Water availability will determine China’s future energy mix, says Li Junfeng, director of the National Centre for Climate Change Strategy and International Cooperation.
ISEAL associate member Roundtable on Sustainable Palm Oil has issued its first impacts report, which describes achievements in the key areas of people, planet and profit. The report highlights the growth of certified palm oil, which is now at 18% of global production, and looks at some of the improvements that certification is driving for palm oil growers and the environment. Read the report on the RSPO website hereThe report comes out as more and more companies are making sustainable sourcing commitments linked to RSPO and pledging to improve their palm oil supply chains. Indeed, the buzz about sustainable palm oil seems to be growing louder and many are seeing a potential tipping point for the sector, with demand now growing faster than supply as reported by the RSPO in August.RSPO Secretary General, Darrel Webber, explains in his welcome message that the report marks a shift to a \"critical phase of acquiring and assessing impact as a result of all the discourse, collaboration, strategy, vision and execution demonstrated within the sector in the last ten years since the formation of the RSPO.\" Webber underscores the significance of continued commitments by the private sector, civil society and governments to the RSPO despite all of the challenges being confronted in the drive to make sustainable palm oil the norm. But he says that more action needs to be taken, and urgently, including cooperation at all levels and a focus on evidence-based outcomes. He also notes that RSPO is an organisation focused on continuous improvement.According to the report, as of June 2014, more than 11.1 million tonnes of sustainable palm oil, accounting for 18% of global palm oil, was produced in nine countries and this represented over 3 million hectares of oil palm plantations.On the environmental side of things, the report notes that most large RSPO members have phased out their use of the controversial Paraquat pesticide due to its high toxicity level and potential danger to human and environmental health. The report also looks at some of the innovations that the organisation has spurred to improve understanding of environmental impacts and monitor performance. These include the PalmGHG calculator, being trialled with a number of RSPO members and with an eventual deadline for all to disclose their GHG emissions, and the \'Eyes on the Haze\' programme, which uses digital maps to track whether RSPO certified areas are free from fires.On the social and economic fronts, the organisation notes the increased outreach to smallholders, with 3,037 individual smallholders in three different countries having been certified. The report points to early case studies showing that certification has led to improved yields and revenues for some smallholders. The report also states that RSPO has taken and is planning on taking stronger action on human rights and land disputes. It will invest in training for auditors to understand issues of bonded labour and also revise its complaints system to meet the UN Ruggie Principles of Business and Human Rights. To better tackle land disputes, the Dispute Settlement Facility (DSF) was developed in 2013.The report also highlights the progress that RSPO has made to more systematically monitor its impacts as part of its efforts to adopt the ISEAL Impacts Code. In 2013, the RSPO restructured to create an Impacts Unit that is responsible for monitoring certification impacts and collecting learnings and best practices for further system improvement.A commitment to continuous improvement is an important aspect of being an ISEAL member and ISEAL supports RSPO in its continued efforts to be transparent and improve the impacts of palm oil certification.To read the RSPO impacts report click here New record sales of Certified Sustainable Palm Oil bridge the gap between supply and demand Palm oil flooding into India but sustainability not following suit, according to latest report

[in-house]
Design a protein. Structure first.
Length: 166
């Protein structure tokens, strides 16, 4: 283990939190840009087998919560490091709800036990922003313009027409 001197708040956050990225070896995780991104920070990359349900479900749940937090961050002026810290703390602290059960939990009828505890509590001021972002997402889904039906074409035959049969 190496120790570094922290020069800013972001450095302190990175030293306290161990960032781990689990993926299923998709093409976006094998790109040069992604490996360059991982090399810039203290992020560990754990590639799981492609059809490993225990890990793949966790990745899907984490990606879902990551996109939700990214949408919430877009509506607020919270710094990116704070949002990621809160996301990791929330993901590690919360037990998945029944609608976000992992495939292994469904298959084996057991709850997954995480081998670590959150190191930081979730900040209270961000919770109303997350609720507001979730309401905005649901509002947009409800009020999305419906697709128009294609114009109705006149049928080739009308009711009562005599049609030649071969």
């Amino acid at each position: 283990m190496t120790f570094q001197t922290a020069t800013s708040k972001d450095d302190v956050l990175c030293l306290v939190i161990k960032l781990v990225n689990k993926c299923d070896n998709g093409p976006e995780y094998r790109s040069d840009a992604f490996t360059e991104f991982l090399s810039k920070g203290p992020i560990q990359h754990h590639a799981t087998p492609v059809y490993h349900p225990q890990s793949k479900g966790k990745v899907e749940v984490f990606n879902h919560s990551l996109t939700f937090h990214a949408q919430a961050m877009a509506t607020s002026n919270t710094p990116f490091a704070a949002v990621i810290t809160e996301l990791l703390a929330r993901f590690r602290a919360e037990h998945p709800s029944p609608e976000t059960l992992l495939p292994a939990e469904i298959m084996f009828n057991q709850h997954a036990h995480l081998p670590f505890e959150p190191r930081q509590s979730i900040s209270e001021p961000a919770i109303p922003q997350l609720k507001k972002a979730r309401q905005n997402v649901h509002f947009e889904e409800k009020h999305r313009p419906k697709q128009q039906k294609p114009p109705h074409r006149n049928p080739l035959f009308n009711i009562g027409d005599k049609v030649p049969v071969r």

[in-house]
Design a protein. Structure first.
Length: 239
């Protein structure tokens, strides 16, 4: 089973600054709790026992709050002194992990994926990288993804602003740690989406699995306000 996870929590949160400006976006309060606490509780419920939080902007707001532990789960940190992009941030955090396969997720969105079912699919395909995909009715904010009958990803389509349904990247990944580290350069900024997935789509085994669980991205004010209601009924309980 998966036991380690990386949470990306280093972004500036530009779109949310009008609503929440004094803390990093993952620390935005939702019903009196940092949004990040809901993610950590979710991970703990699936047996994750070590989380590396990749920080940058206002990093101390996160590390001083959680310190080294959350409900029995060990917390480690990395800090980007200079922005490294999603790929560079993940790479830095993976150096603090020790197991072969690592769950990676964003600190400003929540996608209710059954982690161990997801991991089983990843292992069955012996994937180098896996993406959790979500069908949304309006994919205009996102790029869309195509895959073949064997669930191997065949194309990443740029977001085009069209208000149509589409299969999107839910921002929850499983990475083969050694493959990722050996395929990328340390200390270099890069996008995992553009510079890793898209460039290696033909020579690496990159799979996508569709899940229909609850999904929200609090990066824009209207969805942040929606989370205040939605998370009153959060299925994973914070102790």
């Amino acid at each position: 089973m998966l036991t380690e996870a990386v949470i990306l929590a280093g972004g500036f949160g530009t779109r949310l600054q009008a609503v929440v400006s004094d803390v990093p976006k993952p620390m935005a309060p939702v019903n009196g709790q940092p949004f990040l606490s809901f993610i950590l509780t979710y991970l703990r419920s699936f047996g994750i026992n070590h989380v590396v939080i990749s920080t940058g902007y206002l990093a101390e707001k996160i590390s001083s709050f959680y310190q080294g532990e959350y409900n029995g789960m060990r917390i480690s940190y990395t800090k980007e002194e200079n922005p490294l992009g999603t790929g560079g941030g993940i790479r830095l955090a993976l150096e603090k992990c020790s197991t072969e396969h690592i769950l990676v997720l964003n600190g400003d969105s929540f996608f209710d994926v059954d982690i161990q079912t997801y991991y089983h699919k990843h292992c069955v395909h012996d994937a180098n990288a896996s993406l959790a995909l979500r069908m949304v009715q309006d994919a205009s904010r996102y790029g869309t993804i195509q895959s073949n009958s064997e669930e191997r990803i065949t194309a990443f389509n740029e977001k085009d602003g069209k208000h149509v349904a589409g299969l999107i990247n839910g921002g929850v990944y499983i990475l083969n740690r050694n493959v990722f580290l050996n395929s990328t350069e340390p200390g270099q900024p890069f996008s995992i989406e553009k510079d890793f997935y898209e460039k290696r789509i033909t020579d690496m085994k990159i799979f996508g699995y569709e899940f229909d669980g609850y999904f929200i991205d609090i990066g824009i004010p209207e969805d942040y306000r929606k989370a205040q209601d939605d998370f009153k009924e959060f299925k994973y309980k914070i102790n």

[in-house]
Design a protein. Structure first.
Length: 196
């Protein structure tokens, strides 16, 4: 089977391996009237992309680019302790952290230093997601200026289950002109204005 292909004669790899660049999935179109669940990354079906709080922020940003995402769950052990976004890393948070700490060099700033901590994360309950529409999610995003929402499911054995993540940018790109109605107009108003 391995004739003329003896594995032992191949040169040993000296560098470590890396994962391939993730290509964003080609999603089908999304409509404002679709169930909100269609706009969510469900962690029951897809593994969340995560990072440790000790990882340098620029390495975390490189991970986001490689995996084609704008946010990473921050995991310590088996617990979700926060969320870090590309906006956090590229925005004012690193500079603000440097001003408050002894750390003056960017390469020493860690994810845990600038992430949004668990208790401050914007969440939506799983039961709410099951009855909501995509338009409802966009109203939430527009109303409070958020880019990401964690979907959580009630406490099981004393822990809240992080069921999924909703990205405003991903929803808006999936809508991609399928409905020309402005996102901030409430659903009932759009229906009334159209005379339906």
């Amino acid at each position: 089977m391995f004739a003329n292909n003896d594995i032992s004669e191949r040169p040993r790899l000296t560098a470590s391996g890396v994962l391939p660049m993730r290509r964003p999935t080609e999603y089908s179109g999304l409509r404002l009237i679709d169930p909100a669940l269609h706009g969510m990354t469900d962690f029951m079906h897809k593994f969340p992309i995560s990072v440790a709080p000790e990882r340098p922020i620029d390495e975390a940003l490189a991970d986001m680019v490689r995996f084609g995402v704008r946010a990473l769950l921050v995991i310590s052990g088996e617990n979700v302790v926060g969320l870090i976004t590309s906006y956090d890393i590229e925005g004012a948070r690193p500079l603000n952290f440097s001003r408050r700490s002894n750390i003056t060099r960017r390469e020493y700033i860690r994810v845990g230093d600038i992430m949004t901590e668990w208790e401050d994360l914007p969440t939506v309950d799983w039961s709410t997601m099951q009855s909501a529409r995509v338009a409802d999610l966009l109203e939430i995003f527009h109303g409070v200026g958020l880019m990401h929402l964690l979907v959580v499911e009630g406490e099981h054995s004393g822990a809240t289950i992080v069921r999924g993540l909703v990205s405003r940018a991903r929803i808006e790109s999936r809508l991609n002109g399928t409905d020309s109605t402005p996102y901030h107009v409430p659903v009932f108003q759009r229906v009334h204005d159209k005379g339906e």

The world\'s largest consumer packaged goods company is expanding some of its commitments and dialing back on another.
This week, the eco-labeling group Green Seal celebrates 25 years of trying to transform the marketplace. It’s been a long road, with lots of twists and turns, and more than a few detours.